9 December: On this day in history
What events happened on 9 December in history? We round up the events, births and deaths…
9 December 1608
Poet John Milton is born. Early works include masques and religious tracts while a problematic first marriage to a girl 17 years his junior will lead him to write a paper proposing divorce on the grounds of incompatibility. A staunch supporter of and apologist for the English Commonwealth, he works for the Republic's Council of State despite losing his sight in 1652. His best-known work Paradise Lost will be written after the Restoration.
9 December 1641
Flemish painter Sir Anthony Van Dyck died in London where he had mainly lived and worked for nine years. Van Dyck is estimated to have painted around 40 portraits of King Charles I and about 30 of Queen Henrietta Maria.
9 December 1872
Pinckney Benton Stewart Pinchback became the first person of African-American descent to become governor of a US state, when he briefly held office as the 24th governor of Louisiana.
9 December 1917
The British capture Jerusalem from the Turks.
9 December 1939
Corporal Thomas Priday of the First Battalion, King's Shropshire Light Infantry was killed leading a patrol near the Maginot Line in France. He is believed to be the first British soldier killed in action in the Second World War.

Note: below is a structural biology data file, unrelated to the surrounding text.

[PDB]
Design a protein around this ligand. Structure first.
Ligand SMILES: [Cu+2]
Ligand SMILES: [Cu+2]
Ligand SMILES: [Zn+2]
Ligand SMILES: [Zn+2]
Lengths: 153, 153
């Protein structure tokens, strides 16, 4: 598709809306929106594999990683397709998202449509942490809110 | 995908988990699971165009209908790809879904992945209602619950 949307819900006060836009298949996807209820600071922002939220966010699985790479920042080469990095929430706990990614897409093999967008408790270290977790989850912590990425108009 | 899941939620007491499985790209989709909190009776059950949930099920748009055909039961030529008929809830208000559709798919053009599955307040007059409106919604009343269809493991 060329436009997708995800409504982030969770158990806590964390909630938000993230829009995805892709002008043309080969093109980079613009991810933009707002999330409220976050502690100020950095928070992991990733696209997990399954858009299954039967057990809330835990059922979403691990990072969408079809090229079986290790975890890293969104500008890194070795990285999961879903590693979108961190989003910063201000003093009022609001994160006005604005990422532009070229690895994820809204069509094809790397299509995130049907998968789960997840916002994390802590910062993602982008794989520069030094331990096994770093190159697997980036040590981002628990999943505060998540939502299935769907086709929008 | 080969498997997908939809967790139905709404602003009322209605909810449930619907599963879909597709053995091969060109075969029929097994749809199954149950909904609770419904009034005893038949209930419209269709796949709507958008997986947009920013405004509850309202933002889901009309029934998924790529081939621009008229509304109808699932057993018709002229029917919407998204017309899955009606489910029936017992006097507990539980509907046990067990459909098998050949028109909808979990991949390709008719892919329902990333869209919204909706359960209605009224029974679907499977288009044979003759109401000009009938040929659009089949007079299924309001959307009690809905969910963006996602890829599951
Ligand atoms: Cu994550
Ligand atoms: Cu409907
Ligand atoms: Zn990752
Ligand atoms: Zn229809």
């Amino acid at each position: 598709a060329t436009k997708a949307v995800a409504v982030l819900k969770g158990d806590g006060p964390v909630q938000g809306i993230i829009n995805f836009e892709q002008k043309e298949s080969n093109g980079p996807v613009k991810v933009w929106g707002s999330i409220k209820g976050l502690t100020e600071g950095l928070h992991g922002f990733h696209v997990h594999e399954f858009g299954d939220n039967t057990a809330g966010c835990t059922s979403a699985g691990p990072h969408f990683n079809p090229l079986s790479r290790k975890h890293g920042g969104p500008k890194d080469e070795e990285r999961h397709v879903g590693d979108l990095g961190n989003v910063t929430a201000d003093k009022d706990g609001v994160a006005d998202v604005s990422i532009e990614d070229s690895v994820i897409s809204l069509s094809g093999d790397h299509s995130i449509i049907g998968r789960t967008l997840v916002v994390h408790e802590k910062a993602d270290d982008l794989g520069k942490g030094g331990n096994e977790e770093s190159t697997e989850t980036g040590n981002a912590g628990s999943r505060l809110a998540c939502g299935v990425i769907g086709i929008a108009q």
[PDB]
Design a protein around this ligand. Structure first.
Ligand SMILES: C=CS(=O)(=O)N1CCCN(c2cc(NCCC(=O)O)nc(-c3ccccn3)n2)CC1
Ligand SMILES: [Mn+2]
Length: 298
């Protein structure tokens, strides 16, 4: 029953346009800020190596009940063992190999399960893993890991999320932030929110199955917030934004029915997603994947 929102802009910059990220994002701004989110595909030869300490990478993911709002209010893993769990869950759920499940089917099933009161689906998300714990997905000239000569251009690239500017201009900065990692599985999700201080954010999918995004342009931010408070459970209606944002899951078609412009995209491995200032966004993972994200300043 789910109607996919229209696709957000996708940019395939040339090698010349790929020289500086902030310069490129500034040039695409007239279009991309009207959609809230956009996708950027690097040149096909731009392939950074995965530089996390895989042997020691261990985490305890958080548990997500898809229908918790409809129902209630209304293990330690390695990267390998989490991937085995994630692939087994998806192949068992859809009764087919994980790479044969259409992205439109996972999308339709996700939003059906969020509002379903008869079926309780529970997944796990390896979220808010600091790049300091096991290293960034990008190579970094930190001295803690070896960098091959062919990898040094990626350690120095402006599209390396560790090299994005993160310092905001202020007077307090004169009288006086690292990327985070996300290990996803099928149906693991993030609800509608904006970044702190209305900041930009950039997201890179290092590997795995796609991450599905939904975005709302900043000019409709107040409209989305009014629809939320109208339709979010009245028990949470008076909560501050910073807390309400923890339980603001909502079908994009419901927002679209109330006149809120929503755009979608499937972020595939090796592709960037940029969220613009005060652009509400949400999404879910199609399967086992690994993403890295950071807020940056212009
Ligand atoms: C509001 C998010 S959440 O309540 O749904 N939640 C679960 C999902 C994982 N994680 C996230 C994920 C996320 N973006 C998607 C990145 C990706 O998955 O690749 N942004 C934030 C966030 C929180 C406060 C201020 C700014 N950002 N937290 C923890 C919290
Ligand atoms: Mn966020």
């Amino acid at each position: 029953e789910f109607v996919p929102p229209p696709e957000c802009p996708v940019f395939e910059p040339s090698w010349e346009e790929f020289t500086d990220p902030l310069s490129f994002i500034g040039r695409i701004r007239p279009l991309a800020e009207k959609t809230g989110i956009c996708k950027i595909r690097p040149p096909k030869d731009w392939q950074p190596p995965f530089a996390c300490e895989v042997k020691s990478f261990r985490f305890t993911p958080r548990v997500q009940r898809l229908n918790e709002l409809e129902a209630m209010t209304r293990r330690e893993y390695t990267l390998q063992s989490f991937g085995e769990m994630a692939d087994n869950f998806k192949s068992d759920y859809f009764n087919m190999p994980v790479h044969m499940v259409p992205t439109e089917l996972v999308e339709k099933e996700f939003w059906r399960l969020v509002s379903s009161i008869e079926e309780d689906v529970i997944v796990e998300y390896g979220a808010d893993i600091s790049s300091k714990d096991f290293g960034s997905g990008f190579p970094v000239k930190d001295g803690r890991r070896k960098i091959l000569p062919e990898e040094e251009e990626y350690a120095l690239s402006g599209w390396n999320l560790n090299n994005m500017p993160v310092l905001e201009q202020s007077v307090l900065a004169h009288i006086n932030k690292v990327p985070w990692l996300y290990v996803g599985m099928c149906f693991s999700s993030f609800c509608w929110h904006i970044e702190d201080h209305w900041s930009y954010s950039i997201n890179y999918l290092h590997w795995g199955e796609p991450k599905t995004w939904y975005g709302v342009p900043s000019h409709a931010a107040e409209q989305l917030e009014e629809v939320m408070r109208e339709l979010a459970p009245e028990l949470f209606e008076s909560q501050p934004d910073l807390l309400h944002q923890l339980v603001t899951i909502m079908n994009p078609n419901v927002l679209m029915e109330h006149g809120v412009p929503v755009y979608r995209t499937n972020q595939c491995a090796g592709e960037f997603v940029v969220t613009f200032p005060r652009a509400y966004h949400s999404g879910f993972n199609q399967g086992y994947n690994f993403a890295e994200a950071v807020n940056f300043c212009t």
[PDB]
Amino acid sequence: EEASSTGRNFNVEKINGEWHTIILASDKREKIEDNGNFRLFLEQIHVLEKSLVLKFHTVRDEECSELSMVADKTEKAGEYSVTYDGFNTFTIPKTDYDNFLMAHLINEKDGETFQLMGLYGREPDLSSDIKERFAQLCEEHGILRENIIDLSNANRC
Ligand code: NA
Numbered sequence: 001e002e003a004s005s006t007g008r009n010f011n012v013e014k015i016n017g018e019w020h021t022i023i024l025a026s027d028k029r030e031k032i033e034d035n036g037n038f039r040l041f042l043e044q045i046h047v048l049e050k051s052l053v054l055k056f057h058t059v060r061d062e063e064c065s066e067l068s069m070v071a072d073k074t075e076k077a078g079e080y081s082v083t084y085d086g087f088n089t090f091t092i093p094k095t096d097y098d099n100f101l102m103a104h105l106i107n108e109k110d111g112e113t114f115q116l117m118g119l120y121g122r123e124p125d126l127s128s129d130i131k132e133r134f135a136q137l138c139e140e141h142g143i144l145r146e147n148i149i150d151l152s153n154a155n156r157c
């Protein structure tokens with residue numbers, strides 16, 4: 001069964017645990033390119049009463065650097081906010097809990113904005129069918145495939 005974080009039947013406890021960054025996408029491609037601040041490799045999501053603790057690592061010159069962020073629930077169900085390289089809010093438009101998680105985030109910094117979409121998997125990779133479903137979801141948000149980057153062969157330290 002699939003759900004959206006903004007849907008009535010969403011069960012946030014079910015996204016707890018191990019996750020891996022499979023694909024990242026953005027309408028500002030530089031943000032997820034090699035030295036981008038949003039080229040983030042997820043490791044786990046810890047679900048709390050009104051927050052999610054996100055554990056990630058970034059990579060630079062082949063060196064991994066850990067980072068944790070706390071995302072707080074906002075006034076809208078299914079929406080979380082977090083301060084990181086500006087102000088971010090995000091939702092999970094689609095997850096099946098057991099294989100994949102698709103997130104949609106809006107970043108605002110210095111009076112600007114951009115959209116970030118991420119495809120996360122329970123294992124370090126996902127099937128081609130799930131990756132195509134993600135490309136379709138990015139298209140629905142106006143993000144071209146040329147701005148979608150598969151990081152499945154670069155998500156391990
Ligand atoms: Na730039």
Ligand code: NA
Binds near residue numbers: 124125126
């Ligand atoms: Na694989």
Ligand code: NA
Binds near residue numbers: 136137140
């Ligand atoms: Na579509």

9 December 1940
General O'Connor's Western Desert Force launched Operation Compass, a counter-attack against General Graziani's 10th Italian Army at Sidi Barrani, Egypt. By early February 1941, over 130,000 prisoners had been taken together with 500 tanks and 800 guns.
More like this
9 December 1960: Coronation Street hits TV sets
Millions of viewers tune in as the first episode of the working-class domestic saga airs
For British audiences, 9 December 1960 was a milestone in television history. At seven that evening, with more than 3 million people staring at their sets, a brass band struck up a mournful tune, the grainy black and white picture showed a long street of terraced back-to-backs, and Coronation Street began its record-breaking run as the nation's best-loved soap opera.
Coronation Street was the brainchild of a young Granada scriptwriter, Tony Warren. In keeping with the sociological trends of the late 1950s, Warren was keen to explore working-class life in the urban north, a world already being transformed by postwar affluence.
“A fascinating freemasonry, a volume of unwritten rules,” began his note on the new series. “These are the driving forces behind life in a working-class street in the north of England. To the uninitiated outsider, all this would be completely incomprehensible.” The point of his new show, he explained, was “to entertain by examining a community of this kind and initiating the viewer into the ways of the people who live there”.
Yet although viewers clearly loved the new soap, the critics were not kind to Coronation Street. In the Mirror, one writer thought Warren had focused on the "wrong folk. For there is little reality in his new serial, which, apparently, we will have to suffer twice a week." The paper's main reviewer, Jack Bell, struck a similar note. Who, he wondered, could possibly want this "continuous slice-of-life domestic drudgery two evenings a week"? | Written by Dominic Sandbrook
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